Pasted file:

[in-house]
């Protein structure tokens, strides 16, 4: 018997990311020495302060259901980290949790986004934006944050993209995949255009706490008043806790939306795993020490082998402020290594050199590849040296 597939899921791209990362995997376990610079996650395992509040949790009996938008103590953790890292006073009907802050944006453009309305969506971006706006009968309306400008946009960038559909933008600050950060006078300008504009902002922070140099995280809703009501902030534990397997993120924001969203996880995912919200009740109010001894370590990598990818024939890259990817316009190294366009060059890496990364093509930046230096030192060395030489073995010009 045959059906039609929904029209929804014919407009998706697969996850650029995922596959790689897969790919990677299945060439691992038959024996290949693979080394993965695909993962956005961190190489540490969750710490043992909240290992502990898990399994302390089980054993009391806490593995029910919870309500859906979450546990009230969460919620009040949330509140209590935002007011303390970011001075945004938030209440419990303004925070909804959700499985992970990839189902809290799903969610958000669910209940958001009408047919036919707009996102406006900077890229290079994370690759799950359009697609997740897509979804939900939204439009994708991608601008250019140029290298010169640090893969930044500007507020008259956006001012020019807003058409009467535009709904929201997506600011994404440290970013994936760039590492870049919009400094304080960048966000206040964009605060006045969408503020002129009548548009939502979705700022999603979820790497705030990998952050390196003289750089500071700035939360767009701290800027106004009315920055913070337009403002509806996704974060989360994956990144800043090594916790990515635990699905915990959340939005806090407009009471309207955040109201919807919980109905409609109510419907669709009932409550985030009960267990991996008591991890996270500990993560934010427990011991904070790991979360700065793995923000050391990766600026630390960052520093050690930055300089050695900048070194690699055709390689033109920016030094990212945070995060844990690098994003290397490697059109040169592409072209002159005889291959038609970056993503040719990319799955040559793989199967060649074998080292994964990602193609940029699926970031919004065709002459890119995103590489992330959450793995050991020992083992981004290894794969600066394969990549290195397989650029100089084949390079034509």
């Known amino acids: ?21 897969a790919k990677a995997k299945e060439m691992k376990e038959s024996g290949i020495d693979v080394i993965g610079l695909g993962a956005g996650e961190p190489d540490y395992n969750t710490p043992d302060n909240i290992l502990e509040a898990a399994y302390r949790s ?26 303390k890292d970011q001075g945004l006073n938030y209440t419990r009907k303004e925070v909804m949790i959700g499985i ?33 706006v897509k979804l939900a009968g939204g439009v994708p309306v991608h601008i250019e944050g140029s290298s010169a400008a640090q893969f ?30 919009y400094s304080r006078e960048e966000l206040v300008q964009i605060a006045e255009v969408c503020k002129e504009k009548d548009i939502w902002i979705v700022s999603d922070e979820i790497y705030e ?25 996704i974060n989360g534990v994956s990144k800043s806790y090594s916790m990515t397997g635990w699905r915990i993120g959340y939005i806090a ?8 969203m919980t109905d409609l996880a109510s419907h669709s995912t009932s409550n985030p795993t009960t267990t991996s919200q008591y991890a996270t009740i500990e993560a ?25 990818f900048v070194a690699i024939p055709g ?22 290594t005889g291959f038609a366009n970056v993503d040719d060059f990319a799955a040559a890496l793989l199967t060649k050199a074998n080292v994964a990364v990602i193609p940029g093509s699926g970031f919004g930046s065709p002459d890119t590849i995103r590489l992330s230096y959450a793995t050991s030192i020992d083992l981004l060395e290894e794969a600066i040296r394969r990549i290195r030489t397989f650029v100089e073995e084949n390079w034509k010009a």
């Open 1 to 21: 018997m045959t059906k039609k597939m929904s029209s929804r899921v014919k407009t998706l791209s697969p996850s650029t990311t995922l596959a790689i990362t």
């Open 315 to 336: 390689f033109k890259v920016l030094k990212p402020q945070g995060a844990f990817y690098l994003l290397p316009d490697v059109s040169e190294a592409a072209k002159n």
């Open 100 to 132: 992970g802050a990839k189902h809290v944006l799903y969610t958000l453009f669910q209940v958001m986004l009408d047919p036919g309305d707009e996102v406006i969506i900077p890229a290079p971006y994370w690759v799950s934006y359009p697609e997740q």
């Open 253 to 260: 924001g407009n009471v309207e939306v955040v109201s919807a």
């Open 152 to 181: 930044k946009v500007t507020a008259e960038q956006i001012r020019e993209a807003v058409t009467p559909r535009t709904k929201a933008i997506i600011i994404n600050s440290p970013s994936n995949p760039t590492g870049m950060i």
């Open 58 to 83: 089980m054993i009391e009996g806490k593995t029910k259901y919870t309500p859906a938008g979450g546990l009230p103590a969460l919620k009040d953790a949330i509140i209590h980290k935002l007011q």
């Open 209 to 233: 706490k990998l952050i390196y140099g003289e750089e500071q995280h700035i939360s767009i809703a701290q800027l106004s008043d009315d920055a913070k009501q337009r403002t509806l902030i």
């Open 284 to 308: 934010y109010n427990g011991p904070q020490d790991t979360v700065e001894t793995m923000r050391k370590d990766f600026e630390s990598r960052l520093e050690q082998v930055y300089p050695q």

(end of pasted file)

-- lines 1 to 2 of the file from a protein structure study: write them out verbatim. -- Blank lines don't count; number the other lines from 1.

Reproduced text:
[in-house]
């Protein structure tokens, strides 16, 4: 018997990311020495302060259901980290949790986004934006944050993209995949255009706490008043806790939306795993020490082998402020290594050199590849040296 597939899921791209990362995997376990610079996650395992509040949790009996938008103590953790890292006073009907802050944006453009309305969506971006706006009968309306400008946009960038559909933008600050950060006078300008504009902002922070140099995280809703009501902030534990397997993120924001969203996880995912919200009740109010001894370590990598990818024939890259990817316009190294366009060059890496990364093509930046230096030192060395030489073995010009 045959059906039609929904029209929804014919407009998706697969996850650029995922596959790689897969790919990677299945060439691992038959024996290949693979080394993965695909993962956005961190190489540490969750710490043992909240290992502990898990399994302390089980054993009391806490593995029910919870309500859906979450546990009230969460919620009040949330509140209590935002007011303390970011001075945004938030209440419990303004925070909804959700499985992970990839189902809290799903969610958000669910209940958001009408047919036919707009996102406006900077890229290079994370690759799950359009697609997740897509979804939900939204439009994708991608601008250019140029290298010169640090893969930044500007507020008259956006001012020019807003058409009467535009709904929201997506600011994404440290970013994936760039590492870049919009400094304080960048966000206040964009605060006045969408503020002129009548548009939502979705700022999603979820790497705030990998952050390196003289750089500071700035939360767009701290800027106004009315920055913070337009403002509806996704974060989360994956990144800043090594916790990515635990699905915990959340939005806090407009009471309207955040109201919807919980109905409609109510419907669709009932409550985030009960267990991996008591991890996270500990993560934010427990011991904070790991979360700065793995923000050391990766600026630390960052520093050690930055300089050695900048070194690699055709390689033109920016030094990212945070995060844990690098994003290397490697059109040169592409072209002159005889291959038609970056993503040719990319799955040559793989199967060649074998080292994964990602193609940029699926970031919004065709002459890119995103590489992330959450793995050991020992083992981004290894794969600066394969990549290195397989650029100089084949390079034509």